Changes that occur in brain with age
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Change is the only constant and from birth to death, the human body suffers the ravages of time. Once we become adults, our bodies lose muscle strength and mass as the years go on. Bone loss reduces our skeleton’s mechanical strength. If we are injured, our tendons and ligaments take longer to repair themselves. Like the sensory organs, the brain itself is not immune to aging. Mechanisms associated with aging of brain tissue include inflammation, the effects of free radicals, and hormonal changes. The brain is also subject to damage by factors such as cardiovascular disease, head trauma, unhealthy lifestyles, and chronic stress. Listed below are some changes that occur in our brain with age.

  • One effect that aging has on the brain is to reduce its mass. Although differences in brain size are a poor indicator of relative intelligence when it comes to comparing different species, or the two sexes of a given species, changes in brain size in a given individual do provide a fairly good idea of the corresponding changes in that person’s intellectual faculties. Hence it is interesting to note that the volume of the human brain peaks at about age 14, then gradually declines for the rest of a person’s life.
  • On average, brain mass and volume decrease by about 2% every 10 years. Of course, there are some exceptions that have yet to be explained, where people over 100 years old have suffered little if any loss of brain tissue. Contrary to what was once believed, this decline, seen in most people does not accelerate after they reach age 50. But rather continues at the same pace into old age.
  • Two structures that are important for memory, the medial temporal lobe and the frontal lobe are especially affected. The damage to the neurons also leads to a significant drop in the concentrations of certain neurotransmitters, such as dopamine, a decrease in which is associated with a decline in motor functions.
  • Deterioration of brain over time is not limited to the brain’s grey matter, where the neuron cell bodies are located: the white ma tter, including the axons, suffers damage as well.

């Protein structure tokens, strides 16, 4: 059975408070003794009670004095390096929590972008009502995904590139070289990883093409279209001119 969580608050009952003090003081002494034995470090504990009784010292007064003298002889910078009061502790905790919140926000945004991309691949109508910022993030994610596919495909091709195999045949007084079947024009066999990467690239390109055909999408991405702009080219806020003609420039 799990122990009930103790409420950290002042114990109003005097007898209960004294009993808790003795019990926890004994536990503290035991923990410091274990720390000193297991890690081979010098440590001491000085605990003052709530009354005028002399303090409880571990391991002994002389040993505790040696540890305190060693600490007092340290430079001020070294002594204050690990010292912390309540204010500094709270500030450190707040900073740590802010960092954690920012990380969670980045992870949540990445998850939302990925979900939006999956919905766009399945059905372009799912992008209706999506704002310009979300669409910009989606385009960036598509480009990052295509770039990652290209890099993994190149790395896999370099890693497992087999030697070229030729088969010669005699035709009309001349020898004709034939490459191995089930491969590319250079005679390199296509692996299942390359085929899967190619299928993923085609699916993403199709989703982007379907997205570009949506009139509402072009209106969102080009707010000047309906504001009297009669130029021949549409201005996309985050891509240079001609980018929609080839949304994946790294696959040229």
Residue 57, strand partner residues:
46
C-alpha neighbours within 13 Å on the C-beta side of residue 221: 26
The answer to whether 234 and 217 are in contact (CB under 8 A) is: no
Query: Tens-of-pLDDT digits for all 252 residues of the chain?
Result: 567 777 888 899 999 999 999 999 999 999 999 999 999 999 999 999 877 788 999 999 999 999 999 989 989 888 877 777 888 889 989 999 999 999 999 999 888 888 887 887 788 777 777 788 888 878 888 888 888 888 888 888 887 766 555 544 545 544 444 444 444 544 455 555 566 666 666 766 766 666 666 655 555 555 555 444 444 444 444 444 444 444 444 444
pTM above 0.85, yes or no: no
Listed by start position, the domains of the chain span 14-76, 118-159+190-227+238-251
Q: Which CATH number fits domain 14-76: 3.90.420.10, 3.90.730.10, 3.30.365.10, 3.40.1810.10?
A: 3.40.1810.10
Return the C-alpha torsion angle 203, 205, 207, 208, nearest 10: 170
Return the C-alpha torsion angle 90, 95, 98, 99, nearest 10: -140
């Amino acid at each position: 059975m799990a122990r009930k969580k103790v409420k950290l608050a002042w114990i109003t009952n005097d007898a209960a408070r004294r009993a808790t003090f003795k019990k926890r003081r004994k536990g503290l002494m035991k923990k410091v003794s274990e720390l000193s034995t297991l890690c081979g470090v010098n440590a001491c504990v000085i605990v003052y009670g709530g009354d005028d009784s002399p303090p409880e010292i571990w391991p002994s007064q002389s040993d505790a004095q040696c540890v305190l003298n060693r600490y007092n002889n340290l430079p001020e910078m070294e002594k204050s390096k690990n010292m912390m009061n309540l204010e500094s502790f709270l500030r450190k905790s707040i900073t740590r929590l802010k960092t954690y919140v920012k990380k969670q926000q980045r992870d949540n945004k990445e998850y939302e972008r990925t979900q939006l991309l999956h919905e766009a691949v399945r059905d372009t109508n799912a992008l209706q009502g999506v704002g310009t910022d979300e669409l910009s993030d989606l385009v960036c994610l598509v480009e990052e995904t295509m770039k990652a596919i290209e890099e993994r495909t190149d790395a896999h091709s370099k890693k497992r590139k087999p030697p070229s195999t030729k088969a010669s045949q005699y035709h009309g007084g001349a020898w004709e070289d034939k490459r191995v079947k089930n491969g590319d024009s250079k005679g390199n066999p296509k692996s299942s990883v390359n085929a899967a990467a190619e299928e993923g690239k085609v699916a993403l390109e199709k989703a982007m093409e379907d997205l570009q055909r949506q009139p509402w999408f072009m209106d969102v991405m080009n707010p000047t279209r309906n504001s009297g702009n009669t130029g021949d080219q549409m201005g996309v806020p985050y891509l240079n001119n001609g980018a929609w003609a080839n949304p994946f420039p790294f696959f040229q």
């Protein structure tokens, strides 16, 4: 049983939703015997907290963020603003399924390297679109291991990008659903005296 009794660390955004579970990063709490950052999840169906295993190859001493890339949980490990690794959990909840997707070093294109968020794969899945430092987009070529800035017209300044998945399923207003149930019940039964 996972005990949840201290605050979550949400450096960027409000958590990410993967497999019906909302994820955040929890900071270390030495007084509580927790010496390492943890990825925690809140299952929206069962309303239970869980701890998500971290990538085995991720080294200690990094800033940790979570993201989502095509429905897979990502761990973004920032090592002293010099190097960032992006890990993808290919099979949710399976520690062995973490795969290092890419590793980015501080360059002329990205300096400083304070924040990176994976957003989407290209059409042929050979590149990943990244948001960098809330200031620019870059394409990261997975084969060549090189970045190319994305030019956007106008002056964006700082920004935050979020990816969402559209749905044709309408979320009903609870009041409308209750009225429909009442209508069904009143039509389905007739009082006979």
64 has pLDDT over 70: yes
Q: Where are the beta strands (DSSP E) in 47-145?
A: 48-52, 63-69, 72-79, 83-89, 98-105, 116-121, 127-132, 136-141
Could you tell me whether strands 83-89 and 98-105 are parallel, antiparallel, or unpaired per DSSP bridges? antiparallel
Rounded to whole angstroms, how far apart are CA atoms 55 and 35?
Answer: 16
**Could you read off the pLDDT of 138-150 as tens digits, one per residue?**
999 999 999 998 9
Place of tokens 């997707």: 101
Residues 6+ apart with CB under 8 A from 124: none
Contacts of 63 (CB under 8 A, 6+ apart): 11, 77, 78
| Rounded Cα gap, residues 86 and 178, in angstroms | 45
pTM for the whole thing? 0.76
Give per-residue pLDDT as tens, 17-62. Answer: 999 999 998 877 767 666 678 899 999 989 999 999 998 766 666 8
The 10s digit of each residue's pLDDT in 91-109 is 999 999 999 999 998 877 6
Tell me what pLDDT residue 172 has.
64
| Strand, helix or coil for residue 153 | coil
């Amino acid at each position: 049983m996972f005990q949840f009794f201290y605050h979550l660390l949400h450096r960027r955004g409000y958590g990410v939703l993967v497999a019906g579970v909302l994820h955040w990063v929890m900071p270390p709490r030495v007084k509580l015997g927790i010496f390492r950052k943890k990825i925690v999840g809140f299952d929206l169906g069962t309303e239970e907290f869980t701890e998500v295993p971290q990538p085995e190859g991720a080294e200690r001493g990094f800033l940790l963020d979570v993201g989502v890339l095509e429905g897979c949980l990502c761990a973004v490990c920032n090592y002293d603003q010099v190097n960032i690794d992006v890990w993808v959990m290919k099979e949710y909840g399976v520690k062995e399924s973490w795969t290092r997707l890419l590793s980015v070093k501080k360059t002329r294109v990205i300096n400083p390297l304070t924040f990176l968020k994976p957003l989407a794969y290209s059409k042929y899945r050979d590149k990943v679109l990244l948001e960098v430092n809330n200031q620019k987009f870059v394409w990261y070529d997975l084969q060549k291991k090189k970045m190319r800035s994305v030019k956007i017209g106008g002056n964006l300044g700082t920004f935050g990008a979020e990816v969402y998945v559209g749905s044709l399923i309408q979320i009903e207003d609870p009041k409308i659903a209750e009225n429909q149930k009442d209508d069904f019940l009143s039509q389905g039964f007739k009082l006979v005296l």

• The brain maintains its plasticity throughout a person’s lifetime, so it has many mechanisms to compensate for the circuits that have deteriorated. But the cognitive functions that these circuits used to perform almost automatically are taken over by alternative neural pathways that are generally less efficient and so some of these functions will be performed more slowly.
  • However, on the whole, our cognitive abilities do not show any major decline until we are in our 50s or early 60s. And even then, in healthy people, performance diminishes very slowly. As changes occur in our brain with age, it therefore becomes harder for people to recall numerous details unless they make a conscious effort to do so.
  • Working memory ”the kind that lets us remember a telephone number for a few seconds, or follow the thread of a conversation” also is often affected by age. The slowdown in processing speed that results from aging of the brain, seems to make information disappear from working memory before we have even been able to consolidate it in long-term memory. The decline in the performance of working memory might therefore also at least partly explain why long-term memory also declines with age.
  • Our ability to retrieve information from memory is also sometimes affected, which explains the phenomenon of having a word ‘at the tip of your tongue’. On the other hand, implicit memory ”the kind involved in conditioning and in motor learning” appears to be less affected by aging, as is our semantic memory of knowledge that we use frequently in the course of our lives. As for our vocabulary, it continues to increase throughout our lives.
  • Over the decades, some people lose some of their ability to focus their attention on the relevant aspects of a set of information. Because these people get distracted by irrelevant details and their reasoning processes become slower.
  • But the most important thing to remember about normal aging of the brain may be that the cognitive repercussions of brain aging vary tremendously from one individual to another. For most people, these impacts are typically minimal, but for some people, changes that occur in brain with age can be severe as to cause.
  • Thus, intellectual decline is not inevitable until what is often an advanced age. And even when such a decline does occur, often it is slight, does not interfere with daily life, and does not necessarily mean the start of dementia. Moreover, in addition to the brain’s own natural compensatory mechanisms, people can use artificial ones, such as mnemonic devices, lists, and calendars. Not to mention the legendary wisdom that is supposed to come with age the ability to make good decisions. But in a world where social and technological change is occurring ever more rapidly, it may still be the better part of wisdom to have a teenager on hand to troubleshoot your computer for you as you grow older.

Somya

Hardworking, studying in LSR second year, a part of Dramatics society of LSR

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